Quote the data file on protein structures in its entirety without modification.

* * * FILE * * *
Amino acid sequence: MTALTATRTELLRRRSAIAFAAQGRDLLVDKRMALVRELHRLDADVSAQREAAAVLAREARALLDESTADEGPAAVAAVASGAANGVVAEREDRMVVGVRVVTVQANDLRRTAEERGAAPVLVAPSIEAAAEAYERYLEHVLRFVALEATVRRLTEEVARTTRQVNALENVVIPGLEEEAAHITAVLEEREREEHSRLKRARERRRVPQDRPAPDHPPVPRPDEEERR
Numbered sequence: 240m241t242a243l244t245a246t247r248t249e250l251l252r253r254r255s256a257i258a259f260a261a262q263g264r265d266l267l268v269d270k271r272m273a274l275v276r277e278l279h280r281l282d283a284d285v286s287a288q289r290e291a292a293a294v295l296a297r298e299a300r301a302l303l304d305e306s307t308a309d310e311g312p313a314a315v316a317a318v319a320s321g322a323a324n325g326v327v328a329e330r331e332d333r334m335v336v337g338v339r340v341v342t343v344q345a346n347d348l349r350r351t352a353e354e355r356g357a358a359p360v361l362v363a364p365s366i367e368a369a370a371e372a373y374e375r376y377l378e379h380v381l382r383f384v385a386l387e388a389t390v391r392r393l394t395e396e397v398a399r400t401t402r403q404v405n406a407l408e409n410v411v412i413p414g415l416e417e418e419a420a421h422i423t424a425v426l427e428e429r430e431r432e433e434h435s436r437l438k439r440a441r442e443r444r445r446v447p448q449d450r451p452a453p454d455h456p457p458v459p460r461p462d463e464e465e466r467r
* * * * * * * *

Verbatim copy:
Amino acid sequence: MTALTATRTELLRRRSAIAFAAQGRDLLVDKRMALVRELHRLDADVSAQREAAAVLAREARALLDESTADEGPAAVAAVASGAANGVVAEREDRMVVGVRVVTVQANDLRRTAEERGAAPVLVAPSIEAAAEAYERYLEHVLRFVALEATVRRLTEEVARTTRQVNALENVVIPGLEEEAAHITAVLEEREREEHSRLKRARERRRVPQDRPAPDHPPVPRPDEEERR
Numbered sequence: 240m241t242a243l244t245a246t247r248t249e250l251l252r253r254r255s256a257i258a259f260a261a262q263g264r265d266l267l268v269d270k271r272m273a274l275v276r277e278l279h280r281l282d283a284d285v286s287a288q289r290e291a292a293a294v295l296a297r298e299a300r301a302l303l304d305e306s307t308a309d310e311g312p313a314a315v316a317a318v319a320s321g322a323a324n325g326v327v328a329e330r331e332d333r334m335v336v337g338v339r340v341v342t343v344q345a346n347d348l349r350r351t352a353e354e355r356g357a358a359p360v361l362v363a364p365s366i367e368a369a370a371e372a373y374e375r376y377l378e379h380v381l382r383f384v385a386l387e388a389t390v391r392r393l394t395e396e397v398a399r400t401t402r403q404v405n406a407l408e409n410v411v412i413p414g415l416e417e418e419a420a421h422i423t424a425v426l427e428e429r430e431r432e433e434h435s436r437l438k439r440a441r442e443r444r445r446v447p448q449d450r451p452a453p454d455h456p457p458v459p460r461p462d463e464e465e466r467r